Tuesday, July 15, 2008

Throwing muses

There's an interview with Patti Smith in Sunday's NYTimes and I found this passage especially interesting:
You’re referring to the photographer Robert Mapplethorpe, another of your muses who died young. Do you ever feel lonely?

Sometimes the pain still — the loss of my brother, the loss of Robert, the loss of my husband, even the loss of my children being children — we can access a lot of things that cause pain. This might seem really funny, but when I feel like that, make myself smile.
You hardly ever read of someone referring to a female artist having a muse, so this was a nice change of pace. Although Patti Smith has always had a reputation for being androgynous, but as far as I can tell the reason for that is because she doesn't wear culturally-prescribe girly attire and focus 50% of her waking energies on her appearance.

You could say that Patti was as much a muse for Mapplethorpe as vice-versa. When they were both young and unknown he took lots of photos of her.

All my muses have been male, and they have inspired countless drawings, as well as short stories, plays and even sonnets.

There are various discussions online of the idea of the male muse. Mary Gordon, whose work I've admired, wrote a novel, reviewed by the NYTimes:
Where are the male Muses?" asks Monica Szabo at the end of the slide show of her paintings that begins Mary Gordon's new novel, "Spending: A Utopian Divertimento."

"Right here," answers the man in the audience whom Monica chooses to call simply B in her account of the unusual love affair they are about to begin.

B is a feminist's fantasy come to life. A highly successful trader of commodities futures, he has bought four of Monica's paintings and fallen in love with her from afar. He believes her to be "a very, very good painter" who one day "might be great" if only she had the advantages of the great male artists of history.

"What do you think you need that would give you the optimum conditions for work?" he asks her.

"Space and time," she answers.

So they undertake the experiment that B proposes: that he become her patron and muse in every possible sense of those words.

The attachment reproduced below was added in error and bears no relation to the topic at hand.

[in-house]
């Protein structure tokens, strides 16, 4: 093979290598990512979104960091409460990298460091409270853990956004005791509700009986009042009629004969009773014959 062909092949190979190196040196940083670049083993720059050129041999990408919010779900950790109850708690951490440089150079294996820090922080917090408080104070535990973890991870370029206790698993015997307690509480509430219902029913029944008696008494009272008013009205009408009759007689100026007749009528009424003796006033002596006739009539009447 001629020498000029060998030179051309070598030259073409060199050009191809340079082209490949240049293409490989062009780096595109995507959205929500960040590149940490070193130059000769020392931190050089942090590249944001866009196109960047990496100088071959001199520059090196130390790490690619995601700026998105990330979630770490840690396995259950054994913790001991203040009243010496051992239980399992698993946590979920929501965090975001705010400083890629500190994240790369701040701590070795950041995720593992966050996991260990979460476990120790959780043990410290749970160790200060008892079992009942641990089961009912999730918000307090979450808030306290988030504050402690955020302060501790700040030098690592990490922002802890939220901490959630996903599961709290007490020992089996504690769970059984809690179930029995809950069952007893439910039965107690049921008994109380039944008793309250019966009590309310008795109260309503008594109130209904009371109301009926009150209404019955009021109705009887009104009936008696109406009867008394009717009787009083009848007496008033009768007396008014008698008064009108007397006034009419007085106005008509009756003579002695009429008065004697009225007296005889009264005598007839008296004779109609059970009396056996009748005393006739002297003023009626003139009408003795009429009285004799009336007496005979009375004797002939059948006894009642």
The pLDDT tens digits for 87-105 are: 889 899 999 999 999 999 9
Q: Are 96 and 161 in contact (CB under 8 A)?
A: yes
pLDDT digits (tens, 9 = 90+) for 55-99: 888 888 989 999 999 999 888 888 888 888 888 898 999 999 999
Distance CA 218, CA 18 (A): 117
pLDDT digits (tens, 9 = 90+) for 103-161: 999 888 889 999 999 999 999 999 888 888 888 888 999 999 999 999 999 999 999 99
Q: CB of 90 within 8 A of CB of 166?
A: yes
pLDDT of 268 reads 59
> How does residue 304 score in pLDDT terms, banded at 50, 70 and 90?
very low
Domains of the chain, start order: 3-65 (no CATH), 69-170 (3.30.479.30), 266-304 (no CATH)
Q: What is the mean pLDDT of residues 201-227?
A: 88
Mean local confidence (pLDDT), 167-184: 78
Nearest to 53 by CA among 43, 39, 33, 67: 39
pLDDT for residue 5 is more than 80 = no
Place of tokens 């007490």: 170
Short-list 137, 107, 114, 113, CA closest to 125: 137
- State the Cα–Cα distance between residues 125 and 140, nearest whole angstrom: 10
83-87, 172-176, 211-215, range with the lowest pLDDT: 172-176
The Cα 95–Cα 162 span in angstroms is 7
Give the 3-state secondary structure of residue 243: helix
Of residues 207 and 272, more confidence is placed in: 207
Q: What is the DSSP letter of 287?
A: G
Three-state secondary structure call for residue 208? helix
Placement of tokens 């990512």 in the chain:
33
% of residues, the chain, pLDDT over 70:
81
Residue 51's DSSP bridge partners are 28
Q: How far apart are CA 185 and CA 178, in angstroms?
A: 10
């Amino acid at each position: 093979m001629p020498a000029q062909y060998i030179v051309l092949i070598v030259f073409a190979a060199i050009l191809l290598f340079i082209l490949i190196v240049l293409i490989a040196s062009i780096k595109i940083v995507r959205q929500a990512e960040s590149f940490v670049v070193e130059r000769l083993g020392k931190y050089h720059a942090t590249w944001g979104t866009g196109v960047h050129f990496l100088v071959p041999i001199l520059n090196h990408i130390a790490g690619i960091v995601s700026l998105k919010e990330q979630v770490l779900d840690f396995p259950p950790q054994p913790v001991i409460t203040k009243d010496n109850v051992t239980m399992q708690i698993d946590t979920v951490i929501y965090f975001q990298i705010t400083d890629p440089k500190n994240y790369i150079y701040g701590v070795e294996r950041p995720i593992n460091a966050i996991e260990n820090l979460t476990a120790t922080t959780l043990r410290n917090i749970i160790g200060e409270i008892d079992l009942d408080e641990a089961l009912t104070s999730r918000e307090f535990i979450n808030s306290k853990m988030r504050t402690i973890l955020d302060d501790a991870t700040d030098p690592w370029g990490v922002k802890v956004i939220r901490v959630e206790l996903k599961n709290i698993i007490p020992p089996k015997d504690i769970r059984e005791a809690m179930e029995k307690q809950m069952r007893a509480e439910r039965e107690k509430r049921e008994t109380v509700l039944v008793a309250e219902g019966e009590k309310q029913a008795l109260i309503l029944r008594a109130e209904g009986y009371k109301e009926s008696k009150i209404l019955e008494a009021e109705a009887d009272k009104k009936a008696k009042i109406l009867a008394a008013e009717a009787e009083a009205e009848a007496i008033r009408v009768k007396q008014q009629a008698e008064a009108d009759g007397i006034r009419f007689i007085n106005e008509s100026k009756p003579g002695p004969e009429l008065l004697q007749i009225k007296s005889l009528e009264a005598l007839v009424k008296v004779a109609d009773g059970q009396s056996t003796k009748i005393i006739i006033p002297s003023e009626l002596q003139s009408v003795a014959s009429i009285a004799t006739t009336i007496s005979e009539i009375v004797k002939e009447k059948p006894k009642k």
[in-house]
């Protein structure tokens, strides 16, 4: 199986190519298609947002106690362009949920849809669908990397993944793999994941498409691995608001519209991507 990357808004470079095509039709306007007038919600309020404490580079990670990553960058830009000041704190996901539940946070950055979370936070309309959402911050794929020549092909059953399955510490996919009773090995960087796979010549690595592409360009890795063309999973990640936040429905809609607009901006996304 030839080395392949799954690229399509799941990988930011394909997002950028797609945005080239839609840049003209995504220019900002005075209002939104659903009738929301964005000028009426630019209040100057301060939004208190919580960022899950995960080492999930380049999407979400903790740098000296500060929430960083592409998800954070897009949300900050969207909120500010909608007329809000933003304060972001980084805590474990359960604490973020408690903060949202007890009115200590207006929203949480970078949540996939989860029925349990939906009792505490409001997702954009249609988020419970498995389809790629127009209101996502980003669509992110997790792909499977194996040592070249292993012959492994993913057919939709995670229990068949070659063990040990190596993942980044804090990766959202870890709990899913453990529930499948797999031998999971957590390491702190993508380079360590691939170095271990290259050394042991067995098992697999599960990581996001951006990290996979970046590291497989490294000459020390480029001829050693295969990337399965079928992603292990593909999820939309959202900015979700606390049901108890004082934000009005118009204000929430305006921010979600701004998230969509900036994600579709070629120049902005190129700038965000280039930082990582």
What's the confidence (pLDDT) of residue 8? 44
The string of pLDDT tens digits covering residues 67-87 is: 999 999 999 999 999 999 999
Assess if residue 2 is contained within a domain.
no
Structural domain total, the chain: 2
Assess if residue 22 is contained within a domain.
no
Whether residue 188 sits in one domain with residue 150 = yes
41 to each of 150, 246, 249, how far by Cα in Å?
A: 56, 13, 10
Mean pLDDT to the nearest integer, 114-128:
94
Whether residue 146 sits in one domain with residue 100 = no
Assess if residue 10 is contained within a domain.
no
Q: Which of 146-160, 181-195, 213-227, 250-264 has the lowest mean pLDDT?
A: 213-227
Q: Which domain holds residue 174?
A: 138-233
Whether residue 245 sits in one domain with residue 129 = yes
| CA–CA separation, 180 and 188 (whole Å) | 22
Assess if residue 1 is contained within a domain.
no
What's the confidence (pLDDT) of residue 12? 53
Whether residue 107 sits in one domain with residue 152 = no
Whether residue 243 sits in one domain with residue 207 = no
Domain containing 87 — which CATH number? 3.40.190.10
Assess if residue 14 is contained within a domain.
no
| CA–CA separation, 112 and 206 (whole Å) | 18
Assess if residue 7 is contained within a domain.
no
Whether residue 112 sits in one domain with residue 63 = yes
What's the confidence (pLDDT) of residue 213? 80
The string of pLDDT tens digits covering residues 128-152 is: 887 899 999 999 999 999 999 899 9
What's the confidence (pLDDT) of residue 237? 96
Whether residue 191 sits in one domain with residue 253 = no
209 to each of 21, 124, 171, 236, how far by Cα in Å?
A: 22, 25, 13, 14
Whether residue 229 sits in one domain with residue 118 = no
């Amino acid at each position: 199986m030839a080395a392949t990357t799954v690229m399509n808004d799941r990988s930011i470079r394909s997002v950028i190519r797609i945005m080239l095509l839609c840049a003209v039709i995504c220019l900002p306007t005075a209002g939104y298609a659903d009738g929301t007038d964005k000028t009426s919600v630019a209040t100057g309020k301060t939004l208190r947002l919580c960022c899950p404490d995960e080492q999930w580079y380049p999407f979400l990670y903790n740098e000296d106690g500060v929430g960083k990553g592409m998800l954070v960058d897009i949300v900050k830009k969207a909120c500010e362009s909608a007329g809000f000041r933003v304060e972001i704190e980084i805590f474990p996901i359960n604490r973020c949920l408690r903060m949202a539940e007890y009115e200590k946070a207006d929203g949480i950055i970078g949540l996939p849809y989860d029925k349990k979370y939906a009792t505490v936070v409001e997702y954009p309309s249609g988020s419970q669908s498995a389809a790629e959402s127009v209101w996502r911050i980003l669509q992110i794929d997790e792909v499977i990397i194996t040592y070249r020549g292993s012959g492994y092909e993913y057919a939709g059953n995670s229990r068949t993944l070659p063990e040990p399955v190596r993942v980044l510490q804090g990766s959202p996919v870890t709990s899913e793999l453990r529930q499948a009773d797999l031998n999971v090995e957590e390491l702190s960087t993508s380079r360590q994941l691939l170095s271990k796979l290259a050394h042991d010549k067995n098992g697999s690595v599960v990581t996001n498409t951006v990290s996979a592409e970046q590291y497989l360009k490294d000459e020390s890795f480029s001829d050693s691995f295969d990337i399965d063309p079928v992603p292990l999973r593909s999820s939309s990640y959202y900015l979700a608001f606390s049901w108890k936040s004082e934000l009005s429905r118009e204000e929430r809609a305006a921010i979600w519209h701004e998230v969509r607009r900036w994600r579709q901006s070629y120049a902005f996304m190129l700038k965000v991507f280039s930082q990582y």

An article in Psychology Today says:
That (the movie) "Girl with a Pearl Earring" is set in the 17th century is no coincidence; the muse reflects an outdated idea of womanhood, when women were valued more for being than for doing. Prose comes up with one example of a "male muse"—Denys Finch Hatton inspired his lover, Isak Dinesan, to write Out of Africa, by listening raptly to her stories when he visited her in Kenya. Switching gender roles may allow the muse-artist relationship to flourish as women become more prominent in the arts and sciences. Or a more symbiotic version might develop, a la Yoko Ono and John Lennon.
Talk about great muses - Robert Redford played Finch-Hatton in the movie version of "Out of Africa" and John Lennon is the very first "coolest straight guy in the world." Although I can no longer find a reference for that declaration - I read it somewhere, years ago, where a minor female celebrity said that about Lennon. Now if you google that phrase, in quotatons, you'll get three hits, the first one being my Sonnet #9.

Interesting post from the blog Raw Light:
Tomorrow morning, Tuesday 10th July, from 11.30am - 12.00 noon, you can catch My Male Muse on Radio 4. In this potentially controversial programme, "poet Clare Pollard dispels the popular female image of a muse. She argues that men can also be a source of beauty and inspiration, and contradicts poet Robert Graves, who famously claimed that the male muse doesn't exist."
I'm disappointed that Graves, the author of "I Claudius" would say such a thing.

Adriana Palanca writes in her blog:
How does one go about the business of finding a male muse? The great male writers of the world have always managed to reel in babes – no matter how crusty they got around the edges – willing to take care of their every need while they concentrated on their art. These women sacrificed everything of themselves so that their men could make some contribution to the world of art.
And then, inevitably, it seems, the Brontes - here is a preview of a book on Google Holy Ghosts: The Male Muses of Emily and Charlotte Bronte.

I'm very sorry I missed this exhibition back in 2006: Grand Unveiling: The Male Muse - Paintings by Kristen Copham
NY Studio Gallery is proud to announce its inaugural exhibition featuring paintings of male nudes by Kristen Copham. Copham’s colorful, large-scale oils are a figurative exploration into the personalities of her subjects. Her work challenges traditional ideas about both the nude figure in art and the artist-model relationship, the subjects themselves male visual artists working in either Minnesota or New York City.
Interesting commentary in The Guardian
we would like to think that the role of muse is genderless and that either sex may apply. But it is still harder for a male to be married to a famous and productive female than the other way around. Not that it isn't hard on a woman to be ignored at cocktails and trained to subjugate her needs to the work habits of a forceful, successful man. It is. But we look on the marriage of famous man and non-famous wife as normal. We don't necessarily expect it to last but we don't find anything odd in it.

We are haunted not simply by the outdated attitudes of those of us who learned about gender roles in another time, but by the problem - and not just for writers - of who dominates and who submits. Was George Lewes (husband of George Eliot) an odd man or just the best husband in the world?
Throwing Muses is a female-led indie band from Rhode Island. One of my former muses was a big fan of theirs.